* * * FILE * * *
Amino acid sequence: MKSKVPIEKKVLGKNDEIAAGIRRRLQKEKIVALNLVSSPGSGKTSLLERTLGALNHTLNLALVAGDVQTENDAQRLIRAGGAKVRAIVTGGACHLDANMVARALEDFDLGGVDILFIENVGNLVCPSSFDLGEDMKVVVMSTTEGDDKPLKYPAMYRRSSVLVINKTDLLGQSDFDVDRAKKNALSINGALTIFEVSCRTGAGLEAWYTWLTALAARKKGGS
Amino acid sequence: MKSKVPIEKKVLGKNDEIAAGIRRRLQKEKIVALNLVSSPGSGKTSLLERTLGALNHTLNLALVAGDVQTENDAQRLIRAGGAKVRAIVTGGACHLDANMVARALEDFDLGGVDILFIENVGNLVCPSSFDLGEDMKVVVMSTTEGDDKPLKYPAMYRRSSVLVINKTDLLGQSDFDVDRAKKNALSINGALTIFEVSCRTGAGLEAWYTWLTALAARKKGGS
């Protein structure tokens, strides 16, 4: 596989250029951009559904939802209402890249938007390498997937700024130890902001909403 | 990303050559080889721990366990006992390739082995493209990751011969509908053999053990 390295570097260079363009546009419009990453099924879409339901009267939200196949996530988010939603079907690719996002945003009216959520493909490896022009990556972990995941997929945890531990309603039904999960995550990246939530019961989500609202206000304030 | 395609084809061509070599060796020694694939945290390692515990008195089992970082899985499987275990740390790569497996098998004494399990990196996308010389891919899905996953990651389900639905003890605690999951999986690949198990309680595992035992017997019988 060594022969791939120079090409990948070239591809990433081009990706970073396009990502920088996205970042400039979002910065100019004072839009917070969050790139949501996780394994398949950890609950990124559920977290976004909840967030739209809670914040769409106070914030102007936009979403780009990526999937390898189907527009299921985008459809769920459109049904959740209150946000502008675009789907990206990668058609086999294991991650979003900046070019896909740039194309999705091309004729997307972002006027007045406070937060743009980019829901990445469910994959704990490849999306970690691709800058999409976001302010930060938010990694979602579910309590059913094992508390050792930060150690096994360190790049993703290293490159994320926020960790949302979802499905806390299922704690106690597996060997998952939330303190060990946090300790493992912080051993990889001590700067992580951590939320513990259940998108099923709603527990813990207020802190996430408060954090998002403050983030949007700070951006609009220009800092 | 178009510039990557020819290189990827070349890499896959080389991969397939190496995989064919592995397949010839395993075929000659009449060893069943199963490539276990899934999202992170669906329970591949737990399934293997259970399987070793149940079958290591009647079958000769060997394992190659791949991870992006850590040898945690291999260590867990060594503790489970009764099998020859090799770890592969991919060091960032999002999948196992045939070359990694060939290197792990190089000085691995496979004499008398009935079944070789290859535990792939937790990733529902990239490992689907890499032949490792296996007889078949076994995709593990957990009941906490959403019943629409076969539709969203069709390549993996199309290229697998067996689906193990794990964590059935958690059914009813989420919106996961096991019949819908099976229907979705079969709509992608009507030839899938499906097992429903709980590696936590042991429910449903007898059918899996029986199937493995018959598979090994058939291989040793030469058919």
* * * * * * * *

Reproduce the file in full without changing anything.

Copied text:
Amino acid sequence: MKSKVPIEKKVLGKNDEIAAGIRRRLQKEKIVALNLVSSPGSGKTSLLERTLGALNHTLNLALVAGDVQTENDAQRLIRAGGAKVRAIVTGGACHLDANMVARALEDFDLGGVDILFIENVGNLVCPSSFDLGEDMKVVVMSTTEGDDKPLKYPAMYRRSSVLVINKTDLLGQSDFDVDRAKKNALSINGALTIFEVSCRTGAGLEAWYTWLTALAARKKGGS
Amino acid sequence: MKSKVPIEKKVLGKNDEIAAGIRRRLQKEKIVALNLVSSPGSGKTSLLERTLGALNHTLNLALVAGDVQTENDAQRLIRAGGAKVRAIVTGGACHLDANMVARALEDFDLGGVDILFIENVGNLVCPSSFDLGEDMKVVVMSTTEGDDKPLKYPAMYRRSSVLVINKTDLLGQSDFDVDRAKKNALSINGALTIFEVSCRTGAGLEAWYTWLTALAARKKGGS
């Protein structure tokens, strides 16, 4: 596989250029951009559904939802209402890249938007390498997937700024130890902001909403 | 990303050559080889721990366990006992390739082995493209990751011969509908053999053990 390295570097260079363009546009419009990453099924879409339901009267939200196949996530988010939603079907690719996002945003009216959520493909490896022009990556972990995941997929945890531990309603039904999960995550990246939530019961989500609202206000304030 | 395609084809061509070599060796020694694939945290390692515990008195089992970082899985499987275990740390790569497996098998004494399990990196996308010389891919899905996953990651389900639905003890605690999951999986690949198990309680595992035992017997019988 060594022969791939120079090409990948070239591809990433081009990706970073396009990502920088996205970042400039979002910065100019004072839009917070969050790139949501996780394994398949950890609950990124559920977290976004909840967030739209809670914040769409106070914030102007936009979403780009990526999937390898189907527009299921985008459809769920459109049904959740209150946000502008675009789907990206990668058609086999294991991650979003900046070019896909740039194309999705091309004729997307972002006027007045406070937060743009980019829901990445469910994959704990490849999306970690691709800058999409976001302010930060938010990694979602579910309590059913094992508390050792930060150690096994360190790049993703290293490159994320926020960790949302979802499905806390299922704690106690597996060997998952939330303190060990946090300790493992912080051993990889001590700067992580951590939320513990259940998108099923709603527990813990207020802190996430408060954090998002403050983030949007700070951006609009220009800092 | 178009510039990557020819290189990827070349890499896959080389991969397939190496995989064919592995397949010839395993075929000659009449060893069943199963490539276990899934999202992170669906329970591949737990399934293997259970399987070793149940079958290591009647079958000769060997394992190659791949991870992006850590040898945690291999260590867990060594503790489970009764099998020859090799770890592969991919060091960032999002999948196992045939070359990694060939290197792990190089000085691995496979004499008398009935079944070789290859535990792939937790990733529902990239490992689907890499032949490792296996007889078949076994995709593990957990009941906490959403019943629409076969539709969203069709390549993996199309290229697998067996689906193990794990964590059935958690059914009813989420919106996961096991019949819908099976229907979705079969709509992608009507030839899938499906097992429903709980590696936590042991429910449903007898059918899996029986199937493995018959598979090994058939291989040793030469058919």